[CVE-BULK] Cybercrime treaty update
- To: firstname.lastname@example.org
- Subject: [CVE-BULK] Cybercrime treaty update
- From: Adam Shostack <adam@HOMEPORT.ORG>
- Date: Mon, 13 Nov 2000 16:50:35 -0500
- Delivery-Date: Mon Nov 13 16:29:52 2000
- In-Reply-To: <email@example.com>
- References: <200009210010.UAA29952@teagarden.mitre.org> <200009210010.UAA29952@teagarden.mitre.org> <20000921093619.A11255@weathership.homeport.org> <firstname.lastname@example.org>
- Sender: email@example.com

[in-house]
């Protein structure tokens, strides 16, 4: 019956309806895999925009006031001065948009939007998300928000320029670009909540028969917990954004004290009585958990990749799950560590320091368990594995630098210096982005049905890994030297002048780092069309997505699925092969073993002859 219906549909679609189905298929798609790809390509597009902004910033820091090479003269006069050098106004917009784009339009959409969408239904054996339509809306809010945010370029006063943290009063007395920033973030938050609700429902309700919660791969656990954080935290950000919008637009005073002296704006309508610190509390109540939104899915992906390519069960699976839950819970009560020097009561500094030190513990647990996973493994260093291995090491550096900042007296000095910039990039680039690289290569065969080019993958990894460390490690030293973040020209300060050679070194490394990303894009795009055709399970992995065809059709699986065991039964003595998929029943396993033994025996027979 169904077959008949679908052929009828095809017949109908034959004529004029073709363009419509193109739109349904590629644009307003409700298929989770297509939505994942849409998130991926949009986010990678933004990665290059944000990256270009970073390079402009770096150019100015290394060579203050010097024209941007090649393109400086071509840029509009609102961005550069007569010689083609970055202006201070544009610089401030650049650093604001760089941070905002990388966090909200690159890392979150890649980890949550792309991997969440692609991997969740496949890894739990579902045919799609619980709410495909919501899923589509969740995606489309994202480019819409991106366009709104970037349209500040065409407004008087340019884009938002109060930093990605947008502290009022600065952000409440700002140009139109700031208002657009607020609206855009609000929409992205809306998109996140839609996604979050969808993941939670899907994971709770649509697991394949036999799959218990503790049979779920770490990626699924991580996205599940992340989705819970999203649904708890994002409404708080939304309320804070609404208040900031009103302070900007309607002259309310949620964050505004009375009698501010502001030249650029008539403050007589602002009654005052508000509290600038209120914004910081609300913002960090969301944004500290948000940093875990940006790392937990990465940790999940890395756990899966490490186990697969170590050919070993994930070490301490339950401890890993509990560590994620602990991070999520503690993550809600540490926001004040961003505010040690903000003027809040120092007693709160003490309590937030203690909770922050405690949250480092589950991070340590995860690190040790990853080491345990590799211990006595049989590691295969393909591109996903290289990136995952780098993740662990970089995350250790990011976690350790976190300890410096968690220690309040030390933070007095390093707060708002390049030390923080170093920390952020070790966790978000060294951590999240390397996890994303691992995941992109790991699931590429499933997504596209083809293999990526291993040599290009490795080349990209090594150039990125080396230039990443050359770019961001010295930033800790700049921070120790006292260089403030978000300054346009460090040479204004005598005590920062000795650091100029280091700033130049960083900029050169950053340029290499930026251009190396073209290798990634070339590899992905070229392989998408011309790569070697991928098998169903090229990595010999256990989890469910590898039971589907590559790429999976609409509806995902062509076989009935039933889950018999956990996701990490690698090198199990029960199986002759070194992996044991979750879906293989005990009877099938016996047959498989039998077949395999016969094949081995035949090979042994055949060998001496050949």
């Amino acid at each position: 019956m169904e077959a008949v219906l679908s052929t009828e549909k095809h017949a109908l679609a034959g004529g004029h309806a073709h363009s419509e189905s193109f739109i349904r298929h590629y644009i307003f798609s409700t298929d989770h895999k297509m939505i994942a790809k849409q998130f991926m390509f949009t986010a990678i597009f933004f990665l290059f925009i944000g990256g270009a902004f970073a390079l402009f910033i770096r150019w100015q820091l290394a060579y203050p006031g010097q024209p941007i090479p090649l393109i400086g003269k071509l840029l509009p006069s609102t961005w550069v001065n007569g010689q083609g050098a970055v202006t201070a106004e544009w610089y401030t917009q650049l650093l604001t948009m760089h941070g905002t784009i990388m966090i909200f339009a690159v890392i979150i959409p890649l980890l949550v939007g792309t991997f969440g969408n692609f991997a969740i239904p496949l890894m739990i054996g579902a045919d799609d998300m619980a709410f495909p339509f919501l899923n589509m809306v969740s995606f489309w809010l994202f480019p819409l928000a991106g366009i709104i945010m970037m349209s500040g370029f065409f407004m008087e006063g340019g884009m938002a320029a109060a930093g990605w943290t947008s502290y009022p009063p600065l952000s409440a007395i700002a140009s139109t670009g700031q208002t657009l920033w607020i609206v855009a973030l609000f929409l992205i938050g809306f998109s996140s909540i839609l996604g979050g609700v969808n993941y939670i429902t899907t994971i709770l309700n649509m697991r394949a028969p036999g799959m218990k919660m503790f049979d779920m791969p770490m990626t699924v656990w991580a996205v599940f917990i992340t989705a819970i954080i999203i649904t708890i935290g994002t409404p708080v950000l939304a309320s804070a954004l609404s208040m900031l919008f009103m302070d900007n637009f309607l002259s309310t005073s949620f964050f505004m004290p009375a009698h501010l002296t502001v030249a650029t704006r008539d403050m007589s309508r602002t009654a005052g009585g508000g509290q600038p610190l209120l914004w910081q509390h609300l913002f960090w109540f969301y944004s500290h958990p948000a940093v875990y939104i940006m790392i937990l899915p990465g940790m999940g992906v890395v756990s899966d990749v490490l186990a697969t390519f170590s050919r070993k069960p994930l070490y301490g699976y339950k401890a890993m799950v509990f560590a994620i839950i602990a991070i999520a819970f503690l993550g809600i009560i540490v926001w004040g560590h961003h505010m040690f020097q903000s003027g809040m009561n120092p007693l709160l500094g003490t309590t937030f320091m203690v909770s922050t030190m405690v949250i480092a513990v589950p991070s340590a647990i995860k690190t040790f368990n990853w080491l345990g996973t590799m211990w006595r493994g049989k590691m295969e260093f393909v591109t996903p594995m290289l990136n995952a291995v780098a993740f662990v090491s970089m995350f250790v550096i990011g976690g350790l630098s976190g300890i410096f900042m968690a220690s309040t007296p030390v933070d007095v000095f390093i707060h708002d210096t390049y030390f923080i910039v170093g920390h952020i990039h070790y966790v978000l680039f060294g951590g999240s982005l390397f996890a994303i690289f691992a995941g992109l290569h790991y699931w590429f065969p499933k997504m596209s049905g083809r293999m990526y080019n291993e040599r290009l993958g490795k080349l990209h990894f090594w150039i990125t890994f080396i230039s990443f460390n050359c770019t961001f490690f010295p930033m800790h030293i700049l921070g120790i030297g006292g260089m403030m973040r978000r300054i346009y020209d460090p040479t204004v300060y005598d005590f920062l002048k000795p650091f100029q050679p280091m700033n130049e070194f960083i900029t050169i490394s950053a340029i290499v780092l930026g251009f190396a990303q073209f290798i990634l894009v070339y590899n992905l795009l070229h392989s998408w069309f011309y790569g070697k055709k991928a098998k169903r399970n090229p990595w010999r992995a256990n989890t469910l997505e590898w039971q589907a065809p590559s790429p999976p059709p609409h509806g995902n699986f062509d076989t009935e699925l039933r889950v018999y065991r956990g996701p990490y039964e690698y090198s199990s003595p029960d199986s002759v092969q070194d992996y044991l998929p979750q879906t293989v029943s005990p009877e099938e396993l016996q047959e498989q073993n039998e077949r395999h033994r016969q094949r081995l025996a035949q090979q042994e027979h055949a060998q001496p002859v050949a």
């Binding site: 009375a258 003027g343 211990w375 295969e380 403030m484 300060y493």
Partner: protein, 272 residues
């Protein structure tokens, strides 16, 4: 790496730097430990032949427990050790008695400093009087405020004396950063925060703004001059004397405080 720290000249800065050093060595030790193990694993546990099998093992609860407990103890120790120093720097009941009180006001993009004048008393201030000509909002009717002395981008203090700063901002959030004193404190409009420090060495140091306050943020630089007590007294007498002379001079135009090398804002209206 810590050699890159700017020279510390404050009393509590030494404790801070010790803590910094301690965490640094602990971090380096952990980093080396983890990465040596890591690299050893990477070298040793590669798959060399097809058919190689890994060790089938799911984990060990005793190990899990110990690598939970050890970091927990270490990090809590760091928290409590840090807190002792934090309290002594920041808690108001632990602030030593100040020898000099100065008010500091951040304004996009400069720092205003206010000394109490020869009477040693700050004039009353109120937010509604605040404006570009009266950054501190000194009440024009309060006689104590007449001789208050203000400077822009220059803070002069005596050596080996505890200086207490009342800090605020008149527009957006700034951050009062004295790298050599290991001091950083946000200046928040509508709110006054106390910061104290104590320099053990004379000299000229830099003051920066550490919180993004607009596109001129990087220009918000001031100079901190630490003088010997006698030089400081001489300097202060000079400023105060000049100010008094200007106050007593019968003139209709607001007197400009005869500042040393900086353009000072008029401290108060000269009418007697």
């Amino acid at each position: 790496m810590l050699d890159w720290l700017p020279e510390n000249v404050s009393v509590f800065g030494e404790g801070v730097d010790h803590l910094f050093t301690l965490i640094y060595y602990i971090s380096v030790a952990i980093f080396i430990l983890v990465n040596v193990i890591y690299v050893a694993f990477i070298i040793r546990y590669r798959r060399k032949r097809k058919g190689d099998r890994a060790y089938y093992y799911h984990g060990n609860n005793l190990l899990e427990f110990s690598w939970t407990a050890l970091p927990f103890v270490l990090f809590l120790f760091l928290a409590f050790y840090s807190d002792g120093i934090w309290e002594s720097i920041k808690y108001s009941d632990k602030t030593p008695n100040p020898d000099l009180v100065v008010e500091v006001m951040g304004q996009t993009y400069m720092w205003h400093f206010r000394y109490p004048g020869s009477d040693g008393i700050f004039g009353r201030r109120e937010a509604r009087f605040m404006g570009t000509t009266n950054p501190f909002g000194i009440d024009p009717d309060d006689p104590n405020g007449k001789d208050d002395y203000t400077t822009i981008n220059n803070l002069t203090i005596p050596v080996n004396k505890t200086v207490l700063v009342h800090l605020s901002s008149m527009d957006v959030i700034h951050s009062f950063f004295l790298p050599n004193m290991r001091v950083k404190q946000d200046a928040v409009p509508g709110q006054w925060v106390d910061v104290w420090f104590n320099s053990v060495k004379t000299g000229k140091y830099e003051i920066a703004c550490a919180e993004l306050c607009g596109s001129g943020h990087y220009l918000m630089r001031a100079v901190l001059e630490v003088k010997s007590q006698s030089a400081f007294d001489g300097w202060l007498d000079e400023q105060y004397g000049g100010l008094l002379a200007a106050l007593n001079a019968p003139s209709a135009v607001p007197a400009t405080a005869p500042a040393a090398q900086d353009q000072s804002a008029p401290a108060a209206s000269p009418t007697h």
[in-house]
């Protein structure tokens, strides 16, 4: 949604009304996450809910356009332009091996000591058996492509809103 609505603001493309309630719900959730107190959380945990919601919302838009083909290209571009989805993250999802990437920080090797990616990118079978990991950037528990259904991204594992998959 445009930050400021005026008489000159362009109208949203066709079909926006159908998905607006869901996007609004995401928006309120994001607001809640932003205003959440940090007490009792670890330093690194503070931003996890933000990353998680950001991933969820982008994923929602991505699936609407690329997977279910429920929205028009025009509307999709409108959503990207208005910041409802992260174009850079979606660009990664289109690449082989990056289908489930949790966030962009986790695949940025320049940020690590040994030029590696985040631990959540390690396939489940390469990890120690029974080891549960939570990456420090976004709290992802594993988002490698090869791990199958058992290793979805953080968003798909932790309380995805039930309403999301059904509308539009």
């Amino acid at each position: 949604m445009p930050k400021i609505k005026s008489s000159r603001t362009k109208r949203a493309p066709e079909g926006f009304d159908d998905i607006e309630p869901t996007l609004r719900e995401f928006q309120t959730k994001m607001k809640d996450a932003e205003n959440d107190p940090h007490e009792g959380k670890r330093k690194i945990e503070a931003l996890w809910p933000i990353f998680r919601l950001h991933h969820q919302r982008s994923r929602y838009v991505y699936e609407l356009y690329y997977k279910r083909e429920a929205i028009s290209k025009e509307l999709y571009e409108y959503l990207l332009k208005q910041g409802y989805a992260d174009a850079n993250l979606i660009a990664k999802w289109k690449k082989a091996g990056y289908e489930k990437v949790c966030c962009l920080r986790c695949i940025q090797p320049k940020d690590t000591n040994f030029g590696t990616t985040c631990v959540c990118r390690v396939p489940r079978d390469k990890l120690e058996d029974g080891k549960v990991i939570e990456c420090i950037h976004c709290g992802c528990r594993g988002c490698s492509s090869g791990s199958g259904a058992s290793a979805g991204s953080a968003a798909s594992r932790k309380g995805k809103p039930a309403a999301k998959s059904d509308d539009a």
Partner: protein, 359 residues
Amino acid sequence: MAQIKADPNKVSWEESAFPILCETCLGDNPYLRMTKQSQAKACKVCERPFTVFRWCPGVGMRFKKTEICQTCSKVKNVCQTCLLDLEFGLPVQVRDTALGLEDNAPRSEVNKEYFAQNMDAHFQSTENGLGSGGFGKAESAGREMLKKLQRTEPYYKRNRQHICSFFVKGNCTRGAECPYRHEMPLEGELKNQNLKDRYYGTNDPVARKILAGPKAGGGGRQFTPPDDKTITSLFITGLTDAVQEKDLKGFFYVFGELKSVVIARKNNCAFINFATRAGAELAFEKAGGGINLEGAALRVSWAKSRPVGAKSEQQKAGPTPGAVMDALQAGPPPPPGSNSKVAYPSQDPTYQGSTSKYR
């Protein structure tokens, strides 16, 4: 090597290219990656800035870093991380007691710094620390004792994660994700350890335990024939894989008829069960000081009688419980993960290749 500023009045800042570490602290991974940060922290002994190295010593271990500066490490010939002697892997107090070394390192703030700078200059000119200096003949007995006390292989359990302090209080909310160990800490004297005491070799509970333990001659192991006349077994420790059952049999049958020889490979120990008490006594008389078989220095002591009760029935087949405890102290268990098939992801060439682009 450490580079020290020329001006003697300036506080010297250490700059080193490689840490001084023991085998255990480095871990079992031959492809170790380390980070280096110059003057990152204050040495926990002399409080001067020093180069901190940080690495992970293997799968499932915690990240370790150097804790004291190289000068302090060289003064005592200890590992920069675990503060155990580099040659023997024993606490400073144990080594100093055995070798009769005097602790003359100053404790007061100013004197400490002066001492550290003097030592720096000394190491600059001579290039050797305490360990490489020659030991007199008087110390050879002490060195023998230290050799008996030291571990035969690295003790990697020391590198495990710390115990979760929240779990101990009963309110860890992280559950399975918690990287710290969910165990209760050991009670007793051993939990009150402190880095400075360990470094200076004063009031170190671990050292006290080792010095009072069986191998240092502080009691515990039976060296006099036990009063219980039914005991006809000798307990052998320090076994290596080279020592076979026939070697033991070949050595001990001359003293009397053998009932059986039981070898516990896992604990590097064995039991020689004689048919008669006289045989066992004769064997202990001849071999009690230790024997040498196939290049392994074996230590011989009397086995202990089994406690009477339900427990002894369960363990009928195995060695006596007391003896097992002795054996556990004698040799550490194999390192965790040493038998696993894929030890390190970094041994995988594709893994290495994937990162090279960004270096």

PARIS (Reuters) - The world's first cybercrime treaty is being hastily
redrafted after Internet lobby groups assailed it as a threat to human
rights that could have ``a chilling effect on the free flow of
information and ideas.''
One new passage spells out that ``cracking'' computer systems to test
security is legal and that ISPs would only be asked to store specific
data related to a suspected crime, not vast quantities of traffic that
would swamp their systems.
"It is seldom that liberty of any kind is lost all at once."